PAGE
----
GDPR in the USA? New State Legislation Is Making This Closer to Reality
The European Union’s General Data Protection Regulation (“GDPR”) is well known as the toughest privacy and security law in the world, as it has a wide reach and imposes heavy fines against those who violate its privacy and security standards (which are quite broad). The impact of the GDPR has already been felt in the United States since it went into effect in 2018, and now U.S. lawmakers in numerous states are moving to enact similar legislations. The California Consumer Protection Act (“CCPA”) was the first instance of the GDPR’s impact in the United States, as California put in place a statute and regulations that mirrored theGDPR in several respects. Now Virginia has set in motion what could be a year-long string of states enacting similar legislation. In particular, Washington and New York have proposed legislation following the framework of the CCPA. This article will compare the CCPA to the newly enacted and proposed privacy laws in the United States.
Newly Enacted and Proposed Privacy Acts:
Newly Enacted Virginia Act
On March 2, 2021, Virginia passed its Consumer Data Protection Act (“CDPA”), the second comprehensive consumer data privacy law in the United States. The CDPA will go into effect on January 1, 2023. The CDPA applies to persons or entities that conduct business in Virginia or produce products or services offered to Virginia residents and that “control or process” personal data. The Act applies to businesses that (1) control or process personal information of at least 100,000 consumers, or (2) control or process the data of at least 25,000 Virginia residents that also derive 50% or more of their gross revenue from the sale of personal data.
The CDPA closely follows the framework of the CCPA; however, there are a few key differences:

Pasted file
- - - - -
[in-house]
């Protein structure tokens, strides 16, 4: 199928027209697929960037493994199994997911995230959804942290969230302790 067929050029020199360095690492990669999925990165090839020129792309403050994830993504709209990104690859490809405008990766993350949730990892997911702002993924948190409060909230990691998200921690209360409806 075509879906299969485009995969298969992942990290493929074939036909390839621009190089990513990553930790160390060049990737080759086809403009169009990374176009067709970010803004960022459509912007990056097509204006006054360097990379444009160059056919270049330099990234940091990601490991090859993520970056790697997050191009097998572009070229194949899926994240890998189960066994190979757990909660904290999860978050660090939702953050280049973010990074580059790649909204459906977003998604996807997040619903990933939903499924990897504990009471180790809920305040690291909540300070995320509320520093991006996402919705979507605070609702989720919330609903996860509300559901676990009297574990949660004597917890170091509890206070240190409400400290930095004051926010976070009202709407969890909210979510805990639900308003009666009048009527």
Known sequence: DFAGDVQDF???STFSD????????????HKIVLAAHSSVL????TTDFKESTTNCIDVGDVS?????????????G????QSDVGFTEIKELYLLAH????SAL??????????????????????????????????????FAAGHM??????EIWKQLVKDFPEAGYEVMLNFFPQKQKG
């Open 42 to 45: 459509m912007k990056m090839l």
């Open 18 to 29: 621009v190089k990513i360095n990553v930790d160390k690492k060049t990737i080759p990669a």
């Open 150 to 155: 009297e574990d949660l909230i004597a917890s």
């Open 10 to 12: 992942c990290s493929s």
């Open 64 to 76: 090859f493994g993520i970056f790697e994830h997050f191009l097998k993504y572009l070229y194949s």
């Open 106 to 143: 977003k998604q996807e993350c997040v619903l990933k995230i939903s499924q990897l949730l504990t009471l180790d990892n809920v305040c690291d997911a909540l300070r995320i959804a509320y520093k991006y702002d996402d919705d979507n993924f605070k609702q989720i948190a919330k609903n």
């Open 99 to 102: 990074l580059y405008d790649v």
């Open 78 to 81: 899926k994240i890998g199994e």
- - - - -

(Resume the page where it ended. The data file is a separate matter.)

The CDPA contains no private right of action. Rather, all actions must be brought by the Virginia Attorney General.
The CDPA, like the CCPA, exempts data that is already regulated by certain listed federal laws, such as HIPAA, GLBA, FCRA, FERPA and COPPA. However, under the CDPA, the GLBA exemption is broader as it wholly exempts financial institutions, not just data subjects. Additionally, there are data-based exemptions for the Fair Credit Reporting Act, the Driver’s Privacy Protection Act, and the Federal Education Rights and Privacy Act, and nonprofit organizations.
The CDPA contains an opt-in requirement to process sensitive personal data, unless exempted.
The CDPA defines “consumer” more narrowly than the CCPA. The CDPA excludes those acting in a commercial or employment context.
Under the CDPA, the “sale of personal information” requires that the consideration be monetary to qualify as a sale of data. On the contrary, the CCPA allows monetary or “other valuable consideration.”
Proposed Washington Act
The Washington Privacy Act, Senate Bill 6281 (“WPA”), is proposed legislation which mirrors the CCPA. Like the GDPR and CCPA, the WPA increases consumers’ rights with regard to their personal data and ensures businesses are transparent about collection and processing of consumer data. Additionally, the WPA enables consumers to opt out of the sale of their personal data. The WPA would apply to businesses whose products or service are targeted at Washington consumers if the business: (1) controls or processes data of more than 100,000 consumers, or (2) derives at least 50% in revenue from the sale of personal data and processes or controls personal data of more than 25,000 consumers.